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CAMPAIGN AGAINST PASSES IN THE TRANSVAAL IN 1919 E. S. Reddy
The demonstrations against passes in the Transvaal in 1919 was the first mass movement and the first attempt at non-violent resistance organized by the ANC. It is of great importance in the history of the ANC then called !o"th African Native National Congress #!ANNC$ and of the liberation str"ggle b"t has received little attention from scholars. In %"ly 191& the !ANNC '(ec"tive Committee passed a resol"tion calling on the )overnment to abolish the pass laws which shac*led African men with contract passes. The Transvaal Congress leaders raised the matter at meetings with the +rime ,inister and other ,inisters b"t the )overnment too* no action. The %ohannesb"rg branch of the Congress then decided to appeal to the African people to throw away their passes and co"rt arrest in order to obtain attention to their grievances. They had realised li*e )andhi in 19-. that appeals and dep"tations were ineffective witho"t some force behind them. /ther 0itwatersrand branches of the Congress followed the e(ample of %ohannesb"rg. The passive resistance movement began on 1- ,arch 1919 when a mass meeting of two tho"sand Africans in 2rededorp decided to re3ect the passes. The ne(t day abo"t three tho"sand Africans demonstrated in front of the %ohannesb"rg pass office and left sac*s f"ll of passes at that office. It was an entirely peacef"l demonstration. 4"t police charged the crowd with batons and arrested h"ndreds of people incl"ding 5constables6 appointed by the ANC to *eep the demonstration non-violent. Three leaders of the movement 7 8oratio I. 4"dd ,belle 0. 9"n3wa and +.%. ,otsoa*ae 7 went to the office of The Star on 1 April to e(plain the movement. According to The Star: 5As*ed why they had resolved on passive resistance ,belle said they had tried to get redress thro"gh ma*ing representations from time to time for the alleviation of the grievo"s diffic"lties "nder which the Natives in the Transvaal labo"red b"t all their efforts had been witho"t avail. As*ed what their principal grievances were the dep"tation stated that apart from many minor diffic"lties connected with the administration of the pass law in the Transvaal their grievances co"ld be gro"ped "nder two heads:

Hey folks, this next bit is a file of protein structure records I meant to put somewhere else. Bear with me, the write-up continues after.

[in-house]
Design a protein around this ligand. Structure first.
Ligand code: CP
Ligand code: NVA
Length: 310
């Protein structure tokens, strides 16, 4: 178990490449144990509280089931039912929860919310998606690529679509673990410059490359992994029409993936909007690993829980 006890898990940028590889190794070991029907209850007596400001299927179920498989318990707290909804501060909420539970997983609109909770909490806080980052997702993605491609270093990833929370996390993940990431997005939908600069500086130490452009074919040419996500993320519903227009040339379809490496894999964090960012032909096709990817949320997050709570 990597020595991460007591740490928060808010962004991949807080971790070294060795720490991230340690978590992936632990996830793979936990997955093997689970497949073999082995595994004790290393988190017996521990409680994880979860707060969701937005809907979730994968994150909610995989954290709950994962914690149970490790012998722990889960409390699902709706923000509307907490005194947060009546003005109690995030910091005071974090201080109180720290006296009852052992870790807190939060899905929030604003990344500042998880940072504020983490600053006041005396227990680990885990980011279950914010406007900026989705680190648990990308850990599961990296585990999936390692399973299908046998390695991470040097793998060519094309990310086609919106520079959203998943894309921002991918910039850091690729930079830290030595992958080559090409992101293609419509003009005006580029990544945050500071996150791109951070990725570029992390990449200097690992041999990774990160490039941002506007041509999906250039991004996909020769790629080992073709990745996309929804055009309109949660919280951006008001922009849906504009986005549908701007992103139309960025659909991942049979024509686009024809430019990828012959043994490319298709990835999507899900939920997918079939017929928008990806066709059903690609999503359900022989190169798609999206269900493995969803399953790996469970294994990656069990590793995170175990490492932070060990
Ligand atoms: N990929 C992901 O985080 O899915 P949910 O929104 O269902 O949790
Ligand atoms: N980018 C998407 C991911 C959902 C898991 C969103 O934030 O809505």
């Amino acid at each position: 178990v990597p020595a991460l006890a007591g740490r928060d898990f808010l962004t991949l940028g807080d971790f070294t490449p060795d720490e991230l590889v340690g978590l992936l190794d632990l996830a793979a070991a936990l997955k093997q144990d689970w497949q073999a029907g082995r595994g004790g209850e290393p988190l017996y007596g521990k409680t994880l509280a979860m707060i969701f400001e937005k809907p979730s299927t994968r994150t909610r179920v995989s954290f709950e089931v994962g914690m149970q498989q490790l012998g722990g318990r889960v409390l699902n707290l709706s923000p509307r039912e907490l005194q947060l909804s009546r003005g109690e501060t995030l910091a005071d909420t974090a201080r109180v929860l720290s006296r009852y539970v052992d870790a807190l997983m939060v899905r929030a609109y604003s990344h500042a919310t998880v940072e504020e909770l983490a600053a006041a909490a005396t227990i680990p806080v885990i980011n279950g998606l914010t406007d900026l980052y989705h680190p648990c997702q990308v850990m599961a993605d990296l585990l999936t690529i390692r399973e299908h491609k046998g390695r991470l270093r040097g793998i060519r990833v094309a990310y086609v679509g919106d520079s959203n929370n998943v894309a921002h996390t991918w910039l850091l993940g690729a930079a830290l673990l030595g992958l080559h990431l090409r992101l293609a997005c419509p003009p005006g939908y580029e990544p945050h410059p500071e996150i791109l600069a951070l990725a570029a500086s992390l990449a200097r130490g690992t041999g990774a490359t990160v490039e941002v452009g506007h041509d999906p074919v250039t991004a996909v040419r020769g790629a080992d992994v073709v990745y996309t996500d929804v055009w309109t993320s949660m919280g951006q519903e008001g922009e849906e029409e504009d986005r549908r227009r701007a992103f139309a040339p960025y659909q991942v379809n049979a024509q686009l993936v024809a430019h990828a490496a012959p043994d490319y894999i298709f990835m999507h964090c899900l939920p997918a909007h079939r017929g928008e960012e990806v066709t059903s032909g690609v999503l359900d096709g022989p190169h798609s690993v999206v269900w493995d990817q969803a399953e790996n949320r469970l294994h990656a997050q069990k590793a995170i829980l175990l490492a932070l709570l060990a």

1. The denial of the rights of citizenship. ;. The denial thro"gh the operation of the colo"r bar of the rights of ordinary h"man beings< 5As*ed what their programme was they said they wo"ld insist on order being maintained by their people. They had formed a gro"p of special constables to collect stic*s and every weapon which any of the Natives may be possessed of and from every platform the Natives wo"ld be told that there were to be no sho"ts or threats or anything that wo"ld incite p"blic feeling. In case of arrest the Natives were told that they m"st s"bmit ="ietly and m"st go to gaol. No pic*eting had been a"thorised and the Natives had simply been invited to stop wor*<. 5>0e hold? said ,belle >that the +ass @aw is nothing more or less than a system of slavery.?< 5A"estioned as to the e(tent to which they propose to carry the movement the dep"tation said they simply invited all Natives whether wor*ing in stores or in ho"ses to stop wor* and invitations were also being sent to the Natives wor*ing on the mines.61
,ore than two h"ndred Africans were bro"ght to co"rt and charged with dist"rbing the peace or inciting the wor*ers to stri*e. Crowds of Africans o"tside the co"rt were attac*ed by mo"nted police in3"ring tho"sands of Africans incl"ding women. ,ary 4enson ="otes a letter to The Star by 0illaim 8os*en ; an eye witness. 5+olice mo"nted and on foot arrived to be greeted by hearty cheers from the Natives then some booing followed by Babsol"te ="ietB. Not a single hostile move was made by the Natives. 5Then - Bto my astonishmentB said 8os*en Bthe mo"nted police s"ddenly sp"rred their horses and charged on the crowdB. The police "sed their staves vigoro"sly riding over Natives - who incl"ded women. 0here"pon a civilian began Bslashing with a stic* at every Native he came near and finally str"c* a Native woman a severe blowB. 8os*en remonstrated and demanded the manBs name b"t was ignored. 8e heard one bystander e(claiming: B0o"ld I had a